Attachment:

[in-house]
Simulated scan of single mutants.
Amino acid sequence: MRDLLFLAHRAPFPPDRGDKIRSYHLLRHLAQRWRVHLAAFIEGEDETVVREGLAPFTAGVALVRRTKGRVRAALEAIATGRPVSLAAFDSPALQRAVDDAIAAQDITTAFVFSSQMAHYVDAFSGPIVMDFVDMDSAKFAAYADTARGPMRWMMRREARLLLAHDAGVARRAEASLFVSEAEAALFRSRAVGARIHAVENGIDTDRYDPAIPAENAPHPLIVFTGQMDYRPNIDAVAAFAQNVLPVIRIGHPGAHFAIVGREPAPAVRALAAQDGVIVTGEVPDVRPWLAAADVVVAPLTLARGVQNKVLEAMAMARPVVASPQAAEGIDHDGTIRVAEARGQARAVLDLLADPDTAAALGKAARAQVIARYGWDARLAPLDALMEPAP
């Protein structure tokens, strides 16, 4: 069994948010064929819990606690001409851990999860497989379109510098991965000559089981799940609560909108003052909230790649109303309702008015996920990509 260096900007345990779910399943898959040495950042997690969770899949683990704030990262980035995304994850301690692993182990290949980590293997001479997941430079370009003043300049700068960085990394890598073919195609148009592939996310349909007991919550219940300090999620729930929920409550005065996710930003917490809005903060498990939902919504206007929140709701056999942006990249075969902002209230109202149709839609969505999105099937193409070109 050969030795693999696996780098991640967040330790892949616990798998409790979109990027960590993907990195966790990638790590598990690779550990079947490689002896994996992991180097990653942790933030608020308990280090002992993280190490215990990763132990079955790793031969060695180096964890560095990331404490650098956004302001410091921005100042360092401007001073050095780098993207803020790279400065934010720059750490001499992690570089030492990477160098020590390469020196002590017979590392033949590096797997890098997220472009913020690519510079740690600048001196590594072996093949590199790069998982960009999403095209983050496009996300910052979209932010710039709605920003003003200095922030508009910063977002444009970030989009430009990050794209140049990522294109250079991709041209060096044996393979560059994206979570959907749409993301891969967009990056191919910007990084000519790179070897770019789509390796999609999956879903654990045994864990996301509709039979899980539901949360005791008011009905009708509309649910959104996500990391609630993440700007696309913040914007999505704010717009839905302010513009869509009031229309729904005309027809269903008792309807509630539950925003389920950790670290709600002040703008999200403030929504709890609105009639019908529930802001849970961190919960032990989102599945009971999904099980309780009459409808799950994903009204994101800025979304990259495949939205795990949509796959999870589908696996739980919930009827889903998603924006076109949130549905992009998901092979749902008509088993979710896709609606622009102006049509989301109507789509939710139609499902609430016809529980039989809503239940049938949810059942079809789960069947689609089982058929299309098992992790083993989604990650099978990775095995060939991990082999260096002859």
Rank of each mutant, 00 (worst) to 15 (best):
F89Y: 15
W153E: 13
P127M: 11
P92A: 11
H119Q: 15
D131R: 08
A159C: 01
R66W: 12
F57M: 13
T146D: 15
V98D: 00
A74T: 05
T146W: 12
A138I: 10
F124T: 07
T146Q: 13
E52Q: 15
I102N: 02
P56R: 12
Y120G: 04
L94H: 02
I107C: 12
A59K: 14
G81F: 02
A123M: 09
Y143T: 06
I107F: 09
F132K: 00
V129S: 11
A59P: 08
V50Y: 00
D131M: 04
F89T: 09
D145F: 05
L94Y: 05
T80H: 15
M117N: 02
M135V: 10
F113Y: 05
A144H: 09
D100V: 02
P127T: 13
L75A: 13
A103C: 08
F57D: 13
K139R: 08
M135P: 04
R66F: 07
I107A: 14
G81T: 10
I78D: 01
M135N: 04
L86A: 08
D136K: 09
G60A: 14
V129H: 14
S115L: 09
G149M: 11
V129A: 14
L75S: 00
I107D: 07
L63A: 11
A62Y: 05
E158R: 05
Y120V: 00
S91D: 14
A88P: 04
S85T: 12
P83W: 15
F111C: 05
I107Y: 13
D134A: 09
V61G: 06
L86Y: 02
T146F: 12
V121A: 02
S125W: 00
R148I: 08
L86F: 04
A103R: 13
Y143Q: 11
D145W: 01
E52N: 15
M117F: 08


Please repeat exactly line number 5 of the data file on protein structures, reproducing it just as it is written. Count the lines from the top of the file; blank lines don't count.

Rank of each mutant, 00 (worst) to 15 (best):